Autonomous Vehicles, also known as Driverless Vehicles, represent a novel mode of transportation wherein they possess the capability to perceive and navigate their surroundings safely without human intervention. These vehicles are equipped to operate independently, adapt to unforeseen circumstances, and effectively react to dangerous circumstances.
The automotive industry recognizes various stages of vehicle automation, ranging from 0 to 5. These stages encompass different levels of automation, starting from conditional automation, partial automation, driver assistance, no automation, high automation, and culminating in full automation.
Presently, many new cars incorporate automation features, comprising advanced driver assistance systems and automated safety features. However, there are isolated environments where vehicles, denoting full automation, are already in existence.
The use case presented here revolves around full automation, which represents the pinnacle of driving automation. While autonomous vehicles serve various purposes today, including public transportation like the Sydney Metro in Australia and commercial applications such as freight trains and mining trucks, this particular use case focuses on autonomous road vehicles like cars, trucks, and buses.
The aim is to explore their seamless integration into the current road traffic network, considering the future implications and possibilities they hold.
Modern developments in fully autonomous vehicles involve the integration of multiple technologies, such as GPS and a range of sensors including cameras, radar, and lidar. These sensors play a crucial role in gathering essential information to ensure safe navigation. Camera sensors, for instance, enable the vehicle to visually perceive objects on the road, providing a comprehensive 360° view of the surrounding environment to enhance situational awareness and enable effective decision-making.
The advanced sensors employed in autonomous vehicles have the capability to autonomously detect various objects such as pedestrians, vehicles, and traffic signs. These sensors not only identify the objects but also classify them, allowing for a comprehensive understanding of the environment.
By utilizing short- and long-range radar sensors, the vehicle emits radio waves to accurately perceive objects in its vicinity. This real-time assessment includes determining the distances between objects and the vehicle, as well as their respective speeds, enabling precise and informed decision-making.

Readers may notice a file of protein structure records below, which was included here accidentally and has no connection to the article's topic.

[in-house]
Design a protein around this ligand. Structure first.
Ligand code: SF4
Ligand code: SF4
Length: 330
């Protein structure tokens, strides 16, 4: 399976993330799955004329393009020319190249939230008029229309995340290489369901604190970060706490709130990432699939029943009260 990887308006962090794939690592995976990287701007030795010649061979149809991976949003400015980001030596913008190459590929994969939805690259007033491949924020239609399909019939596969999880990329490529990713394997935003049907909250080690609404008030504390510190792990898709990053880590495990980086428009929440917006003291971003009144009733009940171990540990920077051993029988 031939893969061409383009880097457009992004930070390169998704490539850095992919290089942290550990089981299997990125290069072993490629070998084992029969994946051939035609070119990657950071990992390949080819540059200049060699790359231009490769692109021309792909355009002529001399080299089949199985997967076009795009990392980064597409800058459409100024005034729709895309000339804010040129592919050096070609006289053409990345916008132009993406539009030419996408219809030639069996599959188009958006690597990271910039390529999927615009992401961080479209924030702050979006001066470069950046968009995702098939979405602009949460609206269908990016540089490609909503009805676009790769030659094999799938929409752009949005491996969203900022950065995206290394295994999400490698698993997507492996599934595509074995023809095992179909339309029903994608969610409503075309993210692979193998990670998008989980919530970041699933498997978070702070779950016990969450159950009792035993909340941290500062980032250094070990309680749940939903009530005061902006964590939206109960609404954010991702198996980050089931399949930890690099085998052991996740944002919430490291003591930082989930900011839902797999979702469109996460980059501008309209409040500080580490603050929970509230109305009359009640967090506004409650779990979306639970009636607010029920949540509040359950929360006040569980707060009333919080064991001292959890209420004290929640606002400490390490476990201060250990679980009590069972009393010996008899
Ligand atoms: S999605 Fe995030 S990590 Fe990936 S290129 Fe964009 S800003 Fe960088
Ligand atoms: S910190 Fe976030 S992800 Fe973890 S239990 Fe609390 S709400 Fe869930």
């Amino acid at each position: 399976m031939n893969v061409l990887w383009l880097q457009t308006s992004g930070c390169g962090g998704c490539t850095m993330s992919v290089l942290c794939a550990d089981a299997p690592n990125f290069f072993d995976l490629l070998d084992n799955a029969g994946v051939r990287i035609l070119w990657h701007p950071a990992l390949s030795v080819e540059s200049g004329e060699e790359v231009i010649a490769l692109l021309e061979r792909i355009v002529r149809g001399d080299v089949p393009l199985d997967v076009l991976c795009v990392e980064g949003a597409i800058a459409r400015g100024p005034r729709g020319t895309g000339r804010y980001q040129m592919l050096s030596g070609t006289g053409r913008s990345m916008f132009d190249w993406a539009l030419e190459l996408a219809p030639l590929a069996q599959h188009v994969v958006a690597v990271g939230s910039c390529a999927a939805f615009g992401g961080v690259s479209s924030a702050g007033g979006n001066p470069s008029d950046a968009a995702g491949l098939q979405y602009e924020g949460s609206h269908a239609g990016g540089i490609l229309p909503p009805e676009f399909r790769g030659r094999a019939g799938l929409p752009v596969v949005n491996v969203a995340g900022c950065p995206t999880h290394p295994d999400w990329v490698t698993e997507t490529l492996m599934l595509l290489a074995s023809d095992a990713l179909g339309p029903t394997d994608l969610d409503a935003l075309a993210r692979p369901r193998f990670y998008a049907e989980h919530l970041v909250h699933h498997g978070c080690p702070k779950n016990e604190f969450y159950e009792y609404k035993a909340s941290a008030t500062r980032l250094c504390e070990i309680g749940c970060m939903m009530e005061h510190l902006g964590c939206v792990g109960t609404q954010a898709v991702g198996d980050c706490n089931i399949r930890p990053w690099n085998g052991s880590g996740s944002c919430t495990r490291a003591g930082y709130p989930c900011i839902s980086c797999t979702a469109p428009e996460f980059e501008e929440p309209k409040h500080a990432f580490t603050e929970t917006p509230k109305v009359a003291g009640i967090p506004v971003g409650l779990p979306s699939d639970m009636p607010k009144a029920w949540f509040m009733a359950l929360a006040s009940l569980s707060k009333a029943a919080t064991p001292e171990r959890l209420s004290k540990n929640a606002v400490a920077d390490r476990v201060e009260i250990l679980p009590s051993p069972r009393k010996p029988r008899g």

In the realm of autonomous vehicles, short-range radar assumes crucial roles in parking aids, lane-keeping assistance, and blind spot monitoring. On the other hand, long-range radar systems are employed for automatic brake assistance and distance control, ensuring optimal safety and control.
In an alternative approach, Light Detection and Ranging (lidar) sensors can be utilized as substitutes for radar. These lidar sensors leverage laser technology to generate three-dimensional images of objects and their immediate surroundings, enabling a comprehensive 360° mapping around the vehicle, as opposed to a limited view.
Autonomous vehicles (AVs) are interconnected IoT devices capable of seamless communication with other connected devices. This includes establishing communication channels with other vehicles as well as with roadside infrastructure.
These interconnected devices collaborate to enhance traffic optimization by exchanging information through a comprehensive package. This package includes synchronized traffic signaling, management of lane and speed use, intelligent network insights, and provision of traveler data.
Once fully implemented and widely adopted, AVs offer numerous advantages, such as a substantial decrease in private vehicle ownership, as the affordability of personal autonomous vehicles remains uncertain, leading to a shift towards shared usage among users.
The reduction in the number of vehicles on the road would lead to a significant improvement in vehicle emissions and traffic congestion, especially when complemented by the use of electric vehicles powered by renewable energies.
Moreover, this will result in shorter travel times, which will have a notable positive impact on emergency services, freight, and delivery operations. Additionally, the elimination of drivers (human) in freight services will lead to reduced operating costs, potentially leading to cost savings for consumers.
Another significant advantage of AVs is the enhancement of road safety. Currently, a significant percentage of road traffic accidents in the United States, ranging from 94% to 96%, can be attributed to human error. The implementation of autonomous vehicles will mitigate this risk by utilizing various technologies to effectively detect and respond to road hazards.
During the transitional phase before the extensive adoption of AVs, there will be a need for seamless integration of these vehicles into the existing traffic ecosystem, allowing them to coexist and interact with manually operated vehicles.
Once AVs become more readily available and their safety record is well-established, it is anticipated that there will be a significant increase in the adoption of AV vehicles, especially if governments implement incentives to promote their usage. This shift in the vehicle landscape would lead to a transition from predominantly driver-operated vehicles to a higher proportion of driverless vehicles on the road.
To ensure a successful integration of AVs into general traffic, it is crucial to develop AV integration strategies that address logistical, structural, safety and challenges that may arise. The introduction of a new mode of transport has the potential to disrupt the existing network, necessitating the development of an integration plan that takes into account the needs of pre-existing services and infrastructure.